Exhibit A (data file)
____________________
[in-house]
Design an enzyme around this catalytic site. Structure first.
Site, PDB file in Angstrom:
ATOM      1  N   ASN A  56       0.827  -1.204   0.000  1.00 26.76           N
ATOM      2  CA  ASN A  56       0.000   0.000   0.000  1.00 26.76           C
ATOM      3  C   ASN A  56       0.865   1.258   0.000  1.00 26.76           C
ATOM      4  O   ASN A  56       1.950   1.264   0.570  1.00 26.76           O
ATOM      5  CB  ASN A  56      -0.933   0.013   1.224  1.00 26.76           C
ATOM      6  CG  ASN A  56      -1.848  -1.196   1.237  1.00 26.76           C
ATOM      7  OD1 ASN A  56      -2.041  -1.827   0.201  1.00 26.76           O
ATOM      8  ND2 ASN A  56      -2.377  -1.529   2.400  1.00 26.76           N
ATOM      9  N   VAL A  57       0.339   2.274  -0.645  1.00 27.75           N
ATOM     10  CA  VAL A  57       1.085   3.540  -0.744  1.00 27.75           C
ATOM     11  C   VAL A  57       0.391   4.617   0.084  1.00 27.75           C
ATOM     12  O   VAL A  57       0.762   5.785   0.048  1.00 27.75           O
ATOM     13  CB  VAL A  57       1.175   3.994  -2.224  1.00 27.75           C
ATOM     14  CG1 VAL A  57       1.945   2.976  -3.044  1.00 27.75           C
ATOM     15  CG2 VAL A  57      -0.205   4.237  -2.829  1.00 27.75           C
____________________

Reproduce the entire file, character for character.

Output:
[in-house]
Design an enzyme around this catalytic site. Structure first.
Site, PDB file in Angstrom:
ATOM      1  N   ASN A  56       0.827  -1.204   0.000  1.00 26.76           N
ATOM      2  CA  ASN A  56       0.000   0.000   0.000  1.00 26.76           C
ATOM      3  C   ASN A  56       0.865   1.258   0.000  1.00 26.76           C
ATOM      4  O   ASN A  56       1.950   1.264   0.570  1.00 26.76           O
ATOM      5  CB  ASN A  56      -0.933   0.013   1.224  1.00 26.76           C
ATOM      6  CG  ASN A  56      -1.848  -1.196   1.237  1.00 26.76           C
ATOM      7  OD1 ASN A  56      -2.041  -1.827   0.201  1.00 26.76           O
ATOM      8  ND2 ASN A  56      -2.377  -1.529   2.400  1.00 26.76           N
ATOM      9  N   VAL A  57       0.339   2.274  -0.645  1.00 27.75           N
ATOM     10  CA  VAL A  57       1.085   3.540  -0.744  1.00 27.75           C
ATOM     11  C   VAL A  57       0.391   4.617   0.084  1.00 27.75           C
ATOM     12  O   VAL A  57       0.762   5.785   0.048  1.00 27.75           O
ATOM     13  CB  VAL A  57       1.175   3.994  -2.224  1.00 27.75           C
ATOM     14  CG1 VAL A  57       1.945   2.976  -3.044  1.00 27.75           C
ATOM     15  CG2 VAL A  57      -0.205   4.237  -2.829  1.00 27.75           C